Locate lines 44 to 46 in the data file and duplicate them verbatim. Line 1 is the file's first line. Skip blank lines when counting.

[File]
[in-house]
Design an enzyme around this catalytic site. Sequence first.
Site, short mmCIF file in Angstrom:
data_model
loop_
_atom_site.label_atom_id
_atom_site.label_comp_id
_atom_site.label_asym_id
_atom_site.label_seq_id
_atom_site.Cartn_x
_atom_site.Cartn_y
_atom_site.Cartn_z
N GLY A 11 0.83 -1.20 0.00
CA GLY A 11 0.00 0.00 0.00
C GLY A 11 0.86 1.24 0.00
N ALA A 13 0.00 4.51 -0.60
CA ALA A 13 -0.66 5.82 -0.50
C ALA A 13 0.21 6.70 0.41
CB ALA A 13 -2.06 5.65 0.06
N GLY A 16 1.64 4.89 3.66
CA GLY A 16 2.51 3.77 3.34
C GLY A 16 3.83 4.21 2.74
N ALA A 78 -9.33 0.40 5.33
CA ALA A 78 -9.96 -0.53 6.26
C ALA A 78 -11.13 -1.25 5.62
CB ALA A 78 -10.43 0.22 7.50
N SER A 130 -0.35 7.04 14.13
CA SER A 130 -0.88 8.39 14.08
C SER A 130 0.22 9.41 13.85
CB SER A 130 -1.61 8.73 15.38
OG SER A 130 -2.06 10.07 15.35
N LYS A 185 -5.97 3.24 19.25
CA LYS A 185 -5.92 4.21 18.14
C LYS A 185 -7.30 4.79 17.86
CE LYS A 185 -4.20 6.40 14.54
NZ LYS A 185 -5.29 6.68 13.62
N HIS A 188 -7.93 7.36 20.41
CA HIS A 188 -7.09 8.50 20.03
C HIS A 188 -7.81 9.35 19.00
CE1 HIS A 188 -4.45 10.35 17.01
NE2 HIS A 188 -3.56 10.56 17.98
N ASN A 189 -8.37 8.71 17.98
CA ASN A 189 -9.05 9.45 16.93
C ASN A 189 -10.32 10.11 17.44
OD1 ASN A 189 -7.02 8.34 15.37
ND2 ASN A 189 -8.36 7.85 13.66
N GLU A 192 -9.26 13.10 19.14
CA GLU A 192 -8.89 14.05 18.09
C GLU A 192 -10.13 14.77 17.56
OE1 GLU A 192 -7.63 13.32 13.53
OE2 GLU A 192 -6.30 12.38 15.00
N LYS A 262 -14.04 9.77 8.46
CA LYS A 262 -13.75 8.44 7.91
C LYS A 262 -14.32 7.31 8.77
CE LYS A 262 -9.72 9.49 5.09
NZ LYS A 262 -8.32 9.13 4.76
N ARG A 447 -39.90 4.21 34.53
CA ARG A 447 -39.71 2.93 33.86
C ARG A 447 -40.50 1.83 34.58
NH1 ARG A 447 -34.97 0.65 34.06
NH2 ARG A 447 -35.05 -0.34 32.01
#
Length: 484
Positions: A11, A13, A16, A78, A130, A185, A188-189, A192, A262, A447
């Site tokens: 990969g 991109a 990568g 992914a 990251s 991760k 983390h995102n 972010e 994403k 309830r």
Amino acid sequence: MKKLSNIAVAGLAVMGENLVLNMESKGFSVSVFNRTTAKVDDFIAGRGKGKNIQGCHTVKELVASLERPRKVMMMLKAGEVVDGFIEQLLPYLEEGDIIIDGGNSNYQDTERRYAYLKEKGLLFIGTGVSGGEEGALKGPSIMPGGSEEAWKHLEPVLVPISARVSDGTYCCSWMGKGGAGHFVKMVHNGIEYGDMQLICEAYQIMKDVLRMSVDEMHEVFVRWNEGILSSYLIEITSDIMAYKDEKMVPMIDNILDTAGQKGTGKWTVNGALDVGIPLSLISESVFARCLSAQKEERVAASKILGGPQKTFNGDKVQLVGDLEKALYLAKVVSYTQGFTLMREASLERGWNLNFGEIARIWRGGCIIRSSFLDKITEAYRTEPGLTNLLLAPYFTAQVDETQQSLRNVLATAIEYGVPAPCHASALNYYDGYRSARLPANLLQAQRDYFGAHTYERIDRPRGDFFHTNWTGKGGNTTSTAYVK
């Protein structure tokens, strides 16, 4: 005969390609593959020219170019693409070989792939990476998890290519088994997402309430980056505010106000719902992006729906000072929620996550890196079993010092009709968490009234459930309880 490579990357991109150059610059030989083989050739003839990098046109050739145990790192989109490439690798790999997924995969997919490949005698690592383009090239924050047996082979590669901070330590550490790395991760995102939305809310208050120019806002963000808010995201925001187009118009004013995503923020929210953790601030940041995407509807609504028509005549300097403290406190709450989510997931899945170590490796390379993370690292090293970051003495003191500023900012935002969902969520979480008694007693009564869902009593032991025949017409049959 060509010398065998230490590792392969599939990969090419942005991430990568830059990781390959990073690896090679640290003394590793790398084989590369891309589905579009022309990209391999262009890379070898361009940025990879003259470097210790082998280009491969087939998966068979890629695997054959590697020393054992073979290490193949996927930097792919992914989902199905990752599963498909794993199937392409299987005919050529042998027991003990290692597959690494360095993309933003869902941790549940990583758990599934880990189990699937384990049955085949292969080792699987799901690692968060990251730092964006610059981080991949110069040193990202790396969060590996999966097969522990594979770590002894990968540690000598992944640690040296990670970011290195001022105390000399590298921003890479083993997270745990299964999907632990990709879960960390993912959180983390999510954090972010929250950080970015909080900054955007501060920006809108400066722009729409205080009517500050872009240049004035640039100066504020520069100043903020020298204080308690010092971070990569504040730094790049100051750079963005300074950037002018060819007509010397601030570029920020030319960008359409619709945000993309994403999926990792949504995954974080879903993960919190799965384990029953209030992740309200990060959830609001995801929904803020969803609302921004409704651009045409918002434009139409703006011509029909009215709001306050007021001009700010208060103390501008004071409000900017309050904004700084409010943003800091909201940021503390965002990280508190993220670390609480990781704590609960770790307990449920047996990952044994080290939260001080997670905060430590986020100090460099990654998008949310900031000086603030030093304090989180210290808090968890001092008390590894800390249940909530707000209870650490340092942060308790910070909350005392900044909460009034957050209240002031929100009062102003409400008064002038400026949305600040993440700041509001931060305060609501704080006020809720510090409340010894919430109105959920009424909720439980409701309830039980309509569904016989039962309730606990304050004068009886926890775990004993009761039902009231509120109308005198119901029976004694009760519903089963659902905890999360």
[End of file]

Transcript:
C ASN A 189 -10.32 10.11 17.44
OD1 ASN A 189 -7.02 8.34 15.37
ND2 ASN A 189 -8.36 7.85 13.66